A dear friend challenged me to start writing my memories down.  I have always wanted to do this, but I have decided to take this challenge. There are only two for now. I thought if I set these out, then just maybe then others will follow.  Thank you for walking with me.

 

Hanscom Park – I can still smell the scent of the pond scattered with a few seeking to find out how many fish really were swimming about its murky waters. The dandelions brighten the landscape as they chase the footprints of children throughout the park. Laughter bubbles along the pavilion as stories are shared. Dishes are passed across the table, fingers licked (sometimes twice). There stood grandma, tall… at the head of the table with her dainty German smile, grey curls in her aqua dress, pushing down the pain that so threatened her, serving up plates with my mother and aunts as my grandfather, with his round German face in his bib overalls and pipe discussed life with my dad and uncles while laughter filled the skies of their grandchildren.

 

5th Grade – downy clouds peppered the rich blue sky one weekend day as my sister and I dropped our bikes by the large metal frame.  Quickly our hands wrapped around chosen metal links as our denim bottoms dropped firmly into place on the thick blue plastic. Squeals echoed through the schoolyard. My eleven year old sister and I moved our feet forward and back, forward and back, challenging each other with each pass. I loved how my long sandy brown hair sailed like a flag. Yet, soon I tired.  I was happy when my sister offered that we explore the jungle gym. Off I jumped.

  As she climbed to the top and hung upside down, I sat below, looking for rocks. My fifth grade teacher’s aide told me that if I could find a matching set, she would take them and have a pair of earrings made for me. Well, that kept me busy.  Oh how I would run back and forth asking her if I had found a match! Once, I believe she thought I may have been close, but sent me looking still. I loved the way the pebbles felt between my fingers, their smooth texture across my palm.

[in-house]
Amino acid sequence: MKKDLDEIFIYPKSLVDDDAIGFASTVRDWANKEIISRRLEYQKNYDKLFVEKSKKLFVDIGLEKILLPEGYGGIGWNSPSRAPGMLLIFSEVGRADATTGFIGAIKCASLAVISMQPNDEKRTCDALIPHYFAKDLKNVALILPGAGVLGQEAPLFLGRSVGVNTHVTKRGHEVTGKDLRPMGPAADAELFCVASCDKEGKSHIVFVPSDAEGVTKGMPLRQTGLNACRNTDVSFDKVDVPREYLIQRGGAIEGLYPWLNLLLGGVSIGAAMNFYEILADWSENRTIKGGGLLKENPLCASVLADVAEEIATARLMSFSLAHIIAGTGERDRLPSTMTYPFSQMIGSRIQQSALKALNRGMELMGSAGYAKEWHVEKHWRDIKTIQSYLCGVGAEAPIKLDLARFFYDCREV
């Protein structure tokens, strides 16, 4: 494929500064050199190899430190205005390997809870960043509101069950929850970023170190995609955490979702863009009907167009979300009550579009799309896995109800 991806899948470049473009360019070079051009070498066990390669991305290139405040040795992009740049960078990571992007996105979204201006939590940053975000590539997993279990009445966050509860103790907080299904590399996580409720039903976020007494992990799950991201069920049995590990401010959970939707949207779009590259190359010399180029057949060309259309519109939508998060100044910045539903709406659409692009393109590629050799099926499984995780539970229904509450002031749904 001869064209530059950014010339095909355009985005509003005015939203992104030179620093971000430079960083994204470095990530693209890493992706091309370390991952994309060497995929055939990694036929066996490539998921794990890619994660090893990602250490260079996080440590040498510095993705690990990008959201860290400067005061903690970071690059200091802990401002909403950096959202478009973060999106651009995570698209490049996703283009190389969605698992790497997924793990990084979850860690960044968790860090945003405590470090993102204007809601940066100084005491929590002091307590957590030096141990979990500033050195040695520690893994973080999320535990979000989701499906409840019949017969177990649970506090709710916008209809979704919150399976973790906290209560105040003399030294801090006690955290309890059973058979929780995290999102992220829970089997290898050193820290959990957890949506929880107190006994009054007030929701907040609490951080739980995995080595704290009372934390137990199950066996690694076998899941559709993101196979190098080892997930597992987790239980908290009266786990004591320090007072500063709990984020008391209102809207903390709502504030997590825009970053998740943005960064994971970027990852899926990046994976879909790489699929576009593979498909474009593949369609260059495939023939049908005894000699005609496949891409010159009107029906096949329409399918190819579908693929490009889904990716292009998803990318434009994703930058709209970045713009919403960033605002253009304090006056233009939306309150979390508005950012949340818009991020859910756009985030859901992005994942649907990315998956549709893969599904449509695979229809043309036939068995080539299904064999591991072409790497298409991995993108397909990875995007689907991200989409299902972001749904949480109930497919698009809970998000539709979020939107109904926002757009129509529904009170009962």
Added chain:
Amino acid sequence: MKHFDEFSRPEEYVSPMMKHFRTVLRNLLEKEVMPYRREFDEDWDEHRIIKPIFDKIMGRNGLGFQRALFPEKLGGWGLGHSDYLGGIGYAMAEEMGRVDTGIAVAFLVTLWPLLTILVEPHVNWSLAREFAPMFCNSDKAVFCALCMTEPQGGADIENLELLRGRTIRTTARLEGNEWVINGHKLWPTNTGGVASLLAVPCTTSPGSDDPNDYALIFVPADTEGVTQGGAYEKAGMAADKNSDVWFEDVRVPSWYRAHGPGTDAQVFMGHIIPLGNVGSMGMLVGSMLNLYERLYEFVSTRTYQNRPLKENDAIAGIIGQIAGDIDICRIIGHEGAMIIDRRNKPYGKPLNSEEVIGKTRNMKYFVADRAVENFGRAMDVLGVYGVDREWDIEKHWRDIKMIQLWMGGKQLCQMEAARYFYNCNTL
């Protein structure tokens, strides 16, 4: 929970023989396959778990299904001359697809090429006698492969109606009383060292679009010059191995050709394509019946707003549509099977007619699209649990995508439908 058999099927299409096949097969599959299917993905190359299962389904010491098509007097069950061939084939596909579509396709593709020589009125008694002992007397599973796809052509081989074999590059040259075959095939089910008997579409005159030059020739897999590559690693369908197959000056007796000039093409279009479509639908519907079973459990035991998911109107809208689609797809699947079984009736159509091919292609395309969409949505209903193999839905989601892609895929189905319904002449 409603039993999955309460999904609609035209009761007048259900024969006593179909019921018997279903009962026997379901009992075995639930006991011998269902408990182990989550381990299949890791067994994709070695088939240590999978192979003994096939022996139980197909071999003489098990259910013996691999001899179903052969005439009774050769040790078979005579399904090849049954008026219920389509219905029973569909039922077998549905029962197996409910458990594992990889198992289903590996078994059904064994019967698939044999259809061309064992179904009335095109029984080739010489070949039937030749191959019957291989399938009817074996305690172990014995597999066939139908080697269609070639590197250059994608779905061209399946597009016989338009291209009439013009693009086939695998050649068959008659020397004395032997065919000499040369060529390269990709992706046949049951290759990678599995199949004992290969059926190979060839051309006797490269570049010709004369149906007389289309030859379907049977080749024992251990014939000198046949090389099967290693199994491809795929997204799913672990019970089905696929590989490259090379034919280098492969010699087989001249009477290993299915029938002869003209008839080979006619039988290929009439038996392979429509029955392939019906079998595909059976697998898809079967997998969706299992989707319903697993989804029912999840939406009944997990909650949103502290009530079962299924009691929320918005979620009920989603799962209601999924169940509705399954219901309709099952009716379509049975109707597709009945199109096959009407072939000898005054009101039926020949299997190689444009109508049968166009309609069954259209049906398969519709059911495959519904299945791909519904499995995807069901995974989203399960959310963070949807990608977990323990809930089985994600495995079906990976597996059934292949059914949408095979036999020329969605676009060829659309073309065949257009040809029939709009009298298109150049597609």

“KC” (my nickname growing up), “we’ve got to get going,” my sister jumped down.

  “Why?” My hands were full of rocks as I looked over.

  “See those boys over there?” She pointed to the far end of the playground, by the new elementary building.

  I threw my rocks down and stood up and dusted my hands. “Maybe they know some games.”

  Kris picked up her bike. “I don’t think so. Let’s go.”

  “I don’t want to go.” I set my left foot firm in the sand. “They could teach us new games.”

  “Fine. Five minutes, but then I’m going home and getting Dad.” Kris’ light brown hair glistened in the sun as she dropped her bike.

  “Hey girls, wanna play some games?” the seventeen year old let the words drip out of his mouth. He winked at the twin eight year old boys.

  “Kris! Games!” I smiled brightly at my sister.

  “No, Kim. Let’s go.” My sister was now on her bike.

  “I’m not leaving.” I declared, not realizing what I was saying.

  “Fine! I’m going to go get Dad!” Kris pedaled away fast.

  The tall boy wrapped his arm around me as the younger two ran ahead. They climbed upon the high wall adjacent to the older building. The newer addition sat five-hundred feet away, with no teachers to blow any whistles today. My new friend led me up the ramp, tears rushed down my face as he described the rules to this game. All the while I wanted my father to hurry up and come to my rescue.

 

 

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